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Berkeley/Oakland birthday dinners -- overwhelmed by choice!

Help, please! I have to arrange a dinner for two successive nights for significant birthdays (n0 and n5 for suitably large values of n) from afar. The breadth and depth of dining choices in Oakland and Berkeley is a vast improvement since I moved East lo those many years ago, but the range of choices has me a little overwhelmed (far better than the alternative problem, however).

We're starting out near Lakeshore, so anywhere between Downtown Berkeley and Downtown Oakland would be fine. Further excursions are possible for extraordinary food, but I don't think we want or need to go into the City.

The first night will be more casual with a couple of adventurous eaters and a couple less so. I was thinking perhaps of Chinese or SE Asian (Battambang? a really good Thai?) or sit-down Mexican (where?), but would love other suggestions (and perhaps tips on getting some authentic dishes when half the party will order sweet and sour chicken :-).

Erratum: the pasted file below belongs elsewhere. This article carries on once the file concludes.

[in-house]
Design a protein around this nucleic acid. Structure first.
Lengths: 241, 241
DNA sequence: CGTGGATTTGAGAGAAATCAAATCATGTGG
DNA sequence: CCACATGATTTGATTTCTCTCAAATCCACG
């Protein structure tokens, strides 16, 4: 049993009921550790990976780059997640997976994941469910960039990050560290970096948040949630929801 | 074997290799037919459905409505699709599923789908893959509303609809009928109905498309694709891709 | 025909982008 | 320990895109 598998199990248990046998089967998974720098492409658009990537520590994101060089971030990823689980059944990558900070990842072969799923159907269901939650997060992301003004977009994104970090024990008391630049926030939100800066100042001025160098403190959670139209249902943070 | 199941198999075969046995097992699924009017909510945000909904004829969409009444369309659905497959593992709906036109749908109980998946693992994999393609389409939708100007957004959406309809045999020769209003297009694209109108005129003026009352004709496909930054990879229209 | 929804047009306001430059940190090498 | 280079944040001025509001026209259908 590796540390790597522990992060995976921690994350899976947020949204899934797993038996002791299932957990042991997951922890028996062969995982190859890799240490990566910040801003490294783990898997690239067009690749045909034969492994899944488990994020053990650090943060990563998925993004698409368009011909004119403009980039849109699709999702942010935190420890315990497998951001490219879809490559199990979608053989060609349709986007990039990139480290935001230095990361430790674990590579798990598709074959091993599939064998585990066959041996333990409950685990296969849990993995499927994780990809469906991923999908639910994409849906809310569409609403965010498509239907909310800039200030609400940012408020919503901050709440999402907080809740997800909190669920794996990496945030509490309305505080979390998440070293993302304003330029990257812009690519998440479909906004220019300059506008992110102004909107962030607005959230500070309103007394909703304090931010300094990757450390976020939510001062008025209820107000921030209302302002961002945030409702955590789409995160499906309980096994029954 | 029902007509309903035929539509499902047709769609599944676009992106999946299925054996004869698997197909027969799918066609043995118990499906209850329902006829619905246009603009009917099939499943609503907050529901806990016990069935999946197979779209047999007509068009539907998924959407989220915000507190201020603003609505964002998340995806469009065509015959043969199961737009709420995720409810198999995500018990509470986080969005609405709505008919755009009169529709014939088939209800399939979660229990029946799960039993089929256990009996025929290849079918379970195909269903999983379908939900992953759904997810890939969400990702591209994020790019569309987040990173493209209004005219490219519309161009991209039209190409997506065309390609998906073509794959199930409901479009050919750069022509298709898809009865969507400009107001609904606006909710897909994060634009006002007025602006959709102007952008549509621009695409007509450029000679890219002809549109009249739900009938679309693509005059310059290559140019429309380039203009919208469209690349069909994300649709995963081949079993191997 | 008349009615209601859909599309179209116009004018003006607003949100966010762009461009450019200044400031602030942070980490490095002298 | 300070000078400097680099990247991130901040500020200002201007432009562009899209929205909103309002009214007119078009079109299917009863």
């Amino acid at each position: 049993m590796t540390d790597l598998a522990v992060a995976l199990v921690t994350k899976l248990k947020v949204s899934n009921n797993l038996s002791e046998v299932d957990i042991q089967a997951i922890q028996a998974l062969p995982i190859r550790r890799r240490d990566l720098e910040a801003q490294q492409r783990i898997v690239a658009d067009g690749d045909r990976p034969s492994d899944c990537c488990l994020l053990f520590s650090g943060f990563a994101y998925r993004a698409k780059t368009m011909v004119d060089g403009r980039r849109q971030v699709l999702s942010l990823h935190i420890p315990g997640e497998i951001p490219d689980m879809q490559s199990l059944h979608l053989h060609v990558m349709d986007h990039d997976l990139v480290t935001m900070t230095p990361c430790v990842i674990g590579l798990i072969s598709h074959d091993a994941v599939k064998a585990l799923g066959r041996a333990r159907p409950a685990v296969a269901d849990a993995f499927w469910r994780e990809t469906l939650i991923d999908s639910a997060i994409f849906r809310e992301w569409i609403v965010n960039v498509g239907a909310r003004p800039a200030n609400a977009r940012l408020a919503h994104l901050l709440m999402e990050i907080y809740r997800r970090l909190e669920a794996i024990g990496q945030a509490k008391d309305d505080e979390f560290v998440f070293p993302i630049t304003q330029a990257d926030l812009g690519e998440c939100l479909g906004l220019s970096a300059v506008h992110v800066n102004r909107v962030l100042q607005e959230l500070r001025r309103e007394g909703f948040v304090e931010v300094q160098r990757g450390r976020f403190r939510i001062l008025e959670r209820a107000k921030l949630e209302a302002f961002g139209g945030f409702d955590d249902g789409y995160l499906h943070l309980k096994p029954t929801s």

The second night is a bit trickier with about 10 of us, including the four from the night before. We absolutely need somewhere that will take reservations, and diners range from adventurous to fussy. I think sticking to "New American" is safest, with B in Oakland looking pretty good. What say you?

Finally, we may try Dim Sum on Saturday morning. Any consensus on the best place in Oakland Chinatown?

I appreciate, in advance, the help, and promise to let you all know where we end up and how well we fare.

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  1. Well, you didn't ask for Italian, but I've had and been to a number of birthday dinners at Pizzaiolo, and they do a great job -- the pizza and pasta are good for less adventurous diners, but will please adventurous ones as well. That might be good for the second dinner; they do take reservations, though you'll have to call well in advance for a large party. For the first night, Burma Superstar in Temescal might be a good choice; it has familiar things for the less adventurous in the group as well as some unfamiliar for the others.

    1 Reply
    1. re: JasmineG